Schnitzler’s Masterpiece “Dream Story” for sure is a contender for the best-written dialogues and endings in the history of literature. Nobody manages it to merge dream and reality in such a sophisticated yet subtle way as Schnitzler.
And if you are a cinematic enthusiast, Stanley Kubrick’s filming of the novel called “Eyes Wide Shut” is well worth a glimpse.
She smiled, and after a minute, replied: “I think we ought to be grateful that we have come unharmed out of all our adventures, whether they were real or only a dream.” (My emphasis.)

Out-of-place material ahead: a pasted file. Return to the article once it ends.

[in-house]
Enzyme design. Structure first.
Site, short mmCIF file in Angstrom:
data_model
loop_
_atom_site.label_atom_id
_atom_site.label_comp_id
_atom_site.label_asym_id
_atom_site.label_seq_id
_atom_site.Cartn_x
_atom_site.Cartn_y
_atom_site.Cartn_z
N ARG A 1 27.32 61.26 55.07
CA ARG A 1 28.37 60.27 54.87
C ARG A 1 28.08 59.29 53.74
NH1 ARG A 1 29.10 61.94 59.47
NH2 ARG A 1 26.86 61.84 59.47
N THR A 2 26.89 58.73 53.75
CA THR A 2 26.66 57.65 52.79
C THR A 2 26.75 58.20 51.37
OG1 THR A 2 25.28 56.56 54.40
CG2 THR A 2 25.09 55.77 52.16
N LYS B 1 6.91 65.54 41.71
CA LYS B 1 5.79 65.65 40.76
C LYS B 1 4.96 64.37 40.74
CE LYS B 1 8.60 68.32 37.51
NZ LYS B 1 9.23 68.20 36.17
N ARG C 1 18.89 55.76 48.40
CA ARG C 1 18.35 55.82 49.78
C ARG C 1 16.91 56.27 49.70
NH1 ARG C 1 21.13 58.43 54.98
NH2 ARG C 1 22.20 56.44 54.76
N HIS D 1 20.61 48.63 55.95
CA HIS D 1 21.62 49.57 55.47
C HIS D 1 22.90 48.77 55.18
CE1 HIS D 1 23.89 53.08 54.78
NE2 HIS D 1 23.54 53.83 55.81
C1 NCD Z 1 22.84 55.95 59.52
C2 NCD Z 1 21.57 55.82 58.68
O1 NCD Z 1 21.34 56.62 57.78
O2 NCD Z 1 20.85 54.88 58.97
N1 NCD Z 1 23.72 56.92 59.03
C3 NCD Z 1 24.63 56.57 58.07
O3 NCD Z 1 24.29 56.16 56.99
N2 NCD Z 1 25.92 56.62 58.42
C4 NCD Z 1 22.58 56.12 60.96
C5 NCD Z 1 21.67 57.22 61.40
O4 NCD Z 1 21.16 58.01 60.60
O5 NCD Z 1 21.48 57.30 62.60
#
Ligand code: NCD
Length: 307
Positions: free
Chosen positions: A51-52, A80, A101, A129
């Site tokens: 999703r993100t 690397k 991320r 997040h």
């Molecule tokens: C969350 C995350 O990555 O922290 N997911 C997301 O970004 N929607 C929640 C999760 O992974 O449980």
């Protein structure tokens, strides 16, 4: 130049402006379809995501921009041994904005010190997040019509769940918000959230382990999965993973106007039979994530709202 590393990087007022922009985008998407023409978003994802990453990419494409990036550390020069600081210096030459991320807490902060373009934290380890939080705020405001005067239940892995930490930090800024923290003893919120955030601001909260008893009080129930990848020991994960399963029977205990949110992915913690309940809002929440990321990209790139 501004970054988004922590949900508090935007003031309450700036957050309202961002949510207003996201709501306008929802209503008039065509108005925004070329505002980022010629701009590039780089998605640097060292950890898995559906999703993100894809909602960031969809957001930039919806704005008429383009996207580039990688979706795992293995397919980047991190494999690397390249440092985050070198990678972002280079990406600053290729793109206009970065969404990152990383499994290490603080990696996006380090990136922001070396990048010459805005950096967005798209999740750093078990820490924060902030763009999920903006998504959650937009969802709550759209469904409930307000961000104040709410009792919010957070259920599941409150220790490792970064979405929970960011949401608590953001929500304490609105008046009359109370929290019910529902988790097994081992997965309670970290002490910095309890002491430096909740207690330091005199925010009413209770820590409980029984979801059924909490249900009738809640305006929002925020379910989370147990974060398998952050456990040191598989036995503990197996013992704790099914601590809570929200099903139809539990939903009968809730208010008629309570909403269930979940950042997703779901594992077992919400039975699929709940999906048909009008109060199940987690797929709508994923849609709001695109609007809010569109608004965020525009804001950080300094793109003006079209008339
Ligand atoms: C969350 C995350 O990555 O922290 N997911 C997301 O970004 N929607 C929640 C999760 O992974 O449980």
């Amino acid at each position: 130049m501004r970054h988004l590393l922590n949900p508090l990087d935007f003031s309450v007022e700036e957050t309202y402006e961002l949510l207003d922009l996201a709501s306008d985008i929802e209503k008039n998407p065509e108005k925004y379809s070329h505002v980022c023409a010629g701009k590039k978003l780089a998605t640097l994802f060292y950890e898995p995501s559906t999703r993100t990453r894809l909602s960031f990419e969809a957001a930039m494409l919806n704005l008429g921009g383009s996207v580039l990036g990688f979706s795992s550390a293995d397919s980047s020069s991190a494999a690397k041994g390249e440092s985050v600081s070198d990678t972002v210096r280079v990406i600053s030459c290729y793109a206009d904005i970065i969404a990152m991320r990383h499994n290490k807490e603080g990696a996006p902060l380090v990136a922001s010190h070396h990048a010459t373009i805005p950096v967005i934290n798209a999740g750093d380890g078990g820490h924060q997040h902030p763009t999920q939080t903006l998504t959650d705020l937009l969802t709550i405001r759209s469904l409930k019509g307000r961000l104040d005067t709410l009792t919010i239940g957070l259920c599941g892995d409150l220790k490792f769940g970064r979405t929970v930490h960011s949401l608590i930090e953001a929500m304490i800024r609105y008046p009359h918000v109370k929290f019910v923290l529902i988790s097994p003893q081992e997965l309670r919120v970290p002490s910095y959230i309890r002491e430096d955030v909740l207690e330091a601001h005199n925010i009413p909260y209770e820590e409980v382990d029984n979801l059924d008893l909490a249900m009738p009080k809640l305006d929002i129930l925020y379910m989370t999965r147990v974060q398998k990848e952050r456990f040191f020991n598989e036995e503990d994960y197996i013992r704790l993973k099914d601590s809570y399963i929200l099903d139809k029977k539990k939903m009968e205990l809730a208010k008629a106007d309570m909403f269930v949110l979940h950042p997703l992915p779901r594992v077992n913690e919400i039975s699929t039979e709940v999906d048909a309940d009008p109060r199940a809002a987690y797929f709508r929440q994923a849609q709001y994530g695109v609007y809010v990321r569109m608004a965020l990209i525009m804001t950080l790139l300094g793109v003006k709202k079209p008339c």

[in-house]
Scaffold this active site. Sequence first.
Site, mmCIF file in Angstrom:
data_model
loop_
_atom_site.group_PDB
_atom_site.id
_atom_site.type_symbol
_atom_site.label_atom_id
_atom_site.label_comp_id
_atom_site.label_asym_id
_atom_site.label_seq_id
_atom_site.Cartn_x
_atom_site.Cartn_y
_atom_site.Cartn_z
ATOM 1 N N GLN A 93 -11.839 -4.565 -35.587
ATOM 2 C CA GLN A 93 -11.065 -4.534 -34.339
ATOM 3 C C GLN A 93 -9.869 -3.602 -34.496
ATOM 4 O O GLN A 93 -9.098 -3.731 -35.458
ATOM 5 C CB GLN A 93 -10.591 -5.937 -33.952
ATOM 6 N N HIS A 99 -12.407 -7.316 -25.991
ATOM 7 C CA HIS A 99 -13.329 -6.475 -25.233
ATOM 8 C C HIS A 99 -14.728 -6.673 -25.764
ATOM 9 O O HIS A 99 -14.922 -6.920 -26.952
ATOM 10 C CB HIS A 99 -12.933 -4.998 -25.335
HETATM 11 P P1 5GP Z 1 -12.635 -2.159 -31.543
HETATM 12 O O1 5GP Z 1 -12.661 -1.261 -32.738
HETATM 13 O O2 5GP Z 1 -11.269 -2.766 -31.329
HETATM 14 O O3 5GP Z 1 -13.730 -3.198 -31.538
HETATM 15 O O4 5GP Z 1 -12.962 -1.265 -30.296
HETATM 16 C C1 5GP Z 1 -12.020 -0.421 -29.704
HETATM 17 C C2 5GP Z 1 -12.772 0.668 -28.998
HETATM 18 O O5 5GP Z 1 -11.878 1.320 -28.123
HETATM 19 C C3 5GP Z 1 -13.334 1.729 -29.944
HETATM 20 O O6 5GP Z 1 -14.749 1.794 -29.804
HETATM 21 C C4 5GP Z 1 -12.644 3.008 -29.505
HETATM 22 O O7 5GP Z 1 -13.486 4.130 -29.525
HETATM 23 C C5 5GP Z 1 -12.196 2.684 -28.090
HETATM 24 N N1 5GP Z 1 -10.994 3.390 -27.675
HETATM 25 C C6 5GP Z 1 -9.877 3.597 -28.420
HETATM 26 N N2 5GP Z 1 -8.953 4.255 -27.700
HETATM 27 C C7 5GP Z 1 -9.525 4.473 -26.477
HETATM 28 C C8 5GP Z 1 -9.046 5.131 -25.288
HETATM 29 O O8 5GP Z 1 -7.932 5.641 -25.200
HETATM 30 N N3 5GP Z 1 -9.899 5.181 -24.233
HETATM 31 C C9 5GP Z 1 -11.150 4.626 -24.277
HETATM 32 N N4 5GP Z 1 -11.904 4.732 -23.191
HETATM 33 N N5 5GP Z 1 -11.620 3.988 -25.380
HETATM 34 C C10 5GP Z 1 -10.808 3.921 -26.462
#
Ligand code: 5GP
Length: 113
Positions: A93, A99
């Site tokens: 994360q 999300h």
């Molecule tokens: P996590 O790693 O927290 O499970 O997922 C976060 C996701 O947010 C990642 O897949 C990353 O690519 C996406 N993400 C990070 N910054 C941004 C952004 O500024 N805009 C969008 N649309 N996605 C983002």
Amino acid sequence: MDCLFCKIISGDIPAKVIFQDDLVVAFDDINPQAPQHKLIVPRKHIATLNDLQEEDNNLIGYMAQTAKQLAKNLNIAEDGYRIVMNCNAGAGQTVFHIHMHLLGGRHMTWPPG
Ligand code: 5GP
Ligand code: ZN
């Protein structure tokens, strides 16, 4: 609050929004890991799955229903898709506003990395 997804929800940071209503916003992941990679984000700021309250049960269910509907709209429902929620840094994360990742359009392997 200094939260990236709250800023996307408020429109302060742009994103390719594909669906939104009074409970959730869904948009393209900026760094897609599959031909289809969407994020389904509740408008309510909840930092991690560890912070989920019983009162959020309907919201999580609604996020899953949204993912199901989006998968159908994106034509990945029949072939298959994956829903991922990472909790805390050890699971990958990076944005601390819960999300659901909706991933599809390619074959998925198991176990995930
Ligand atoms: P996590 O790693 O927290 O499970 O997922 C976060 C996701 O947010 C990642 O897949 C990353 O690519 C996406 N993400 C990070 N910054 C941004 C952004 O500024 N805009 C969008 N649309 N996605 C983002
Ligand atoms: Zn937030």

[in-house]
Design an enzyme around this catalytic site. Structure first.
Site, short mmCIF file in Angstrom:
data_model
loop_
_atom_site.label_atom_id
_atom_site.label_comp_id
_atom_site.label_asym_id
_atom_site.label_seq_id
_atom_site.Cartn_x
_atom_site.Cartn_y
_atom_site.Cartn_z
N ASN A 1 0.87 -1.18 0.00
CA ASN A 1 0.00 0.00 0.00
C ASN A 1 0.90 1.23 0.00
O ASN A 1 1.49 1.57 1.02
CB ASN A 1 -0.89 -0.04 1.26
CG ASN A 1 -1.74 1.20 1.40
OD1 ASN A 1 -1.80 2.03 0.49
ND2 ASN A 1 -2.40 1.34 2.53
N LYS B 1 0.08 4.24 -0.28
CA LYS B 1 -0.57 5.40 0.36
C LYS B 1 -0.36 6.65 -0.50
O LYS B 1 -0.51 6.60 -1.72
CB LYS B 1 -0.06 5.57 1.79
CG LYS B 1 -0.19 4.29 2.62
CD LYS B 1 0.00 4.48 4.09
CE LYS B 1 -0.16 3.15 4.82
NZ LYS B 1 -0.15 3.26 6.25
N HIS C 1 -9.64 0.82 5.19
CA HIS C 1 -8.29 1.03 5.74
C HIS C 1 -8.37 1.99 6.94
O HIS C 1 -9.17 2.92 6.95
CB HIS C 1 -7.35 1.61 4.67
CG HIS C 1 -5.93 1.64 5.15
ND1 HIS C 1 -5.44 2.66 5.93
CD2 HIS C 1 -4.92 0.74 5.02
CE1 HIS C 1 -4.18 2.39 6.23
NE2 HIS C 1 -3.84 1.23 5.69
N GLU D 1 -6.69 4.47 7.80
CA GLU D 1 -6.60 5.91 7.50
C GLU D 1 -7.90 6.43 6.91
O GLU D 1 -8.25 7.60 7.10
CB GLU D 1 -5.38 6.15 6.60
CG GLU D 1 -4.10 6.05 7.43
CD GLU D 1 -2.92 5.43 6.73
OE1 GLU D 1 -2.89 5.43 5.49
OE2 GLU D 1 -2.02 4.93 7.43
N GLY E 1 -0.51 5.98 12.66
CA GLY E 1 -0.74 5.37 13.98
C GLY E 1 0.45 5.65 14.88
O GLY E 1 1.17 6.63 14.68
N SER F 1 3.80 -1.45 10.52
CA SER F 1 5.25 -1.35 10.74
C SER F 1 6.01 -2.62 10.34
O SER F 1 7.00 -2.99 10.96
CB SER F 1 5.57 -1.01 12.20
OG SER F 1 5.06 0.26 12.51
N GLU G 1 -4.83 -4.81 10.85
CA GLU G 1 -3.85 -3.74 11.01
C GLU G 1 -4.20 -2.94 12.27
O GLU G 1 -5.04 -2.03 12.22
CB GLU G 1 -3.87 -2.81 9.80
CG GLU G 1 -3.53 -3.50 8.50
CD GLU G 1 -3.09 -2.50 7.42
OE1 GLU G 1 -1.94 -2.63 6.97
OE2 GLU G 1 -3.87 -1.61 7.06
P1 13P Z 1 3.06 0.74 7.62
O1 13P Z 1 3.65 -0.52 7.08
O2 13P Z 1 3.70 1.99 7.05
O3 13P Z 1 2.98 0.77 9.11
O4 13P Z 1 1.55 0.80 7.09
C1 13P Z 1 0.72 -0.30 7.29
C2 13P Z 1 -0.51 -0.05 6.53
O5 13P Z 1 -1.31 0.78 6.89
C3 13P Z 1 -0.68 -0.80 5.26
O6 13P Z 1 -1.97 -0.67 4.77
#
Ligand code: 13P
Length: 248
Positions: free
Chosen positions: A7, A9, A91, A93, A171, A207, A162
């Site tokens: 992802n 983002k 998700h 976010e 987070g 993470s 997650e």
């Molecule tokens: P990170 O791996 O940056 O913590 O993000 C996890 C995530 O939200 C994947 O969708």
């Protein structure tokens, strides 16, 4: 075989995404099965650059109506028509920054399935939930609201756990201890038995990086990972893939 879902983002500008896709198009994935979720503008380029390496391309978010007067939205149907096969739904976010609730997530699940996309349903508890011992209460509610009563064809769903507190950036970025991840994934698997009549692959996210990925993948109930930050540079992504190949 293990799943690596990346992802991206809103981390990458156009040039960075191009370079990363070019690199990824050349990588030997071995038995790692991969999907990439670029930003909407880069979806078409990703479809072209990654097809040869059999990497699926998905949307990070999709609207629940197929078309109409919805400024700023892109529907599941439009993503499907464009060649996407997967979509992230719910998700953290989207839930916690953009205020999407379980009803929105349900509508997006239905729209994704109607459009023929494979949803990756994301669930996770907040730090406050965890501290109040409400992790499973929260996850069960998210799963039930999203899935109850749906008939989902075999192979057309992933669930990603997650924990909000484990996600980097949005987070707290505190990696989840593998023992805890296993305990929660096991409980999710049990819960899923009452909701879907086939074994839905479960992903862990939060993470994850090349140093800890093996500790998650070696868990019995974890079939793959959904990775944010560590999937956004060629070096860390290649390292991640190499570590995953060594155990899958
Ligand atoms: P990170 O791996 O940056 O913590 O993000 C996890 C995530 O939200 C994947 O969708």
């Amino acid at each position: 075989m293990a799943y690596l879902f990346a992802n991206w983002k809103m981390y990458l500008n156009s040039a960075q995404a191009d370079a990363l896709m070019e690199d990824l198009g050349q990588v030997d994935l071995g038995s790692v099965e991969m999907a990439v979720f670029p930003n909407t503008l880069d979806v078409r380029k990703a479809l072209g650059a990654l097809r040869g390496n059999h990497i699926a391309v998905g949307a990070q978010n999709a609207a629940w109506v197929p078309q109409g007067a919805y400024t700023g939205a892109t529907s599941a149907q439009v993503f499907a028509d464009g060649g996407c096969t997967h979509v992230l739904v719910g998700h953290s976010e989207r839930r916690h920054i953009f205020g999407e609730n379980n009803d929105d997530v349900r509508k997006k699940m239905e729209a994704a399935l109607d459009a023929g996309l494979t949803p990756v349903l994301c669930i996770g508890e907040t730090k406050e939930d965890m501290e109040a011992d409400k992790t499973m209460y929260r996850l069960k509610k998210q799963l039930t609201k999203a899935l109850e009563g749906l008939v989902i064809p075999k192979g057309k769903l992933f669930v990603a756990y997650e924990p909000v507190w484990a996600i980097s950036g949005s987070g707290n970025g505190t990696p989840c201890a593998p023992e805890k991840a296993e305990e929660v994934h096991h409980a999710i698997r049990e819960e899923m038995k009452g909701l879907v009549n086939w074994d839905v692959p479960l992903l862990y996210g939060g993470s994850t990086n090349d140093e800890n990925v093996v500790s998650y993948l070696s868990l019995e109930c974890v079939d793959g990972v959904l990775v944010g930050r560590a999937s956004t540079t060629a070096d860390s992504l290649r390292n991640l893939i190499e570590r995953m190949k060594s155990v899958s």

“Are you quite sure of that?” he asked.
“Just as sure as I am that the reality of one night, let alone that of a whole lifetime, is not the whole truth.”
“And no dream,” he said with a slight sigh, “is entirely a dream.”
She took his head and pillowed it on her breast.
“Now I suppose we are awake,” she said, —” for a long time to come.” He was on the point of saying, “Forever,” but before he could speak, she laid her finger on his lips and whispered, as if to herself: “Never inquire into the future.” So they lay silently, dozing a little, dreamlessly, close to one another—until, as on every morning at seven, there was a knock on the door; and, with the usual noises from the street, a victorious ray of light. Through the opening of the curtain, and the clear laughter of a child through the door, the new day began.
As always, I wish you all a pleasant Sunday.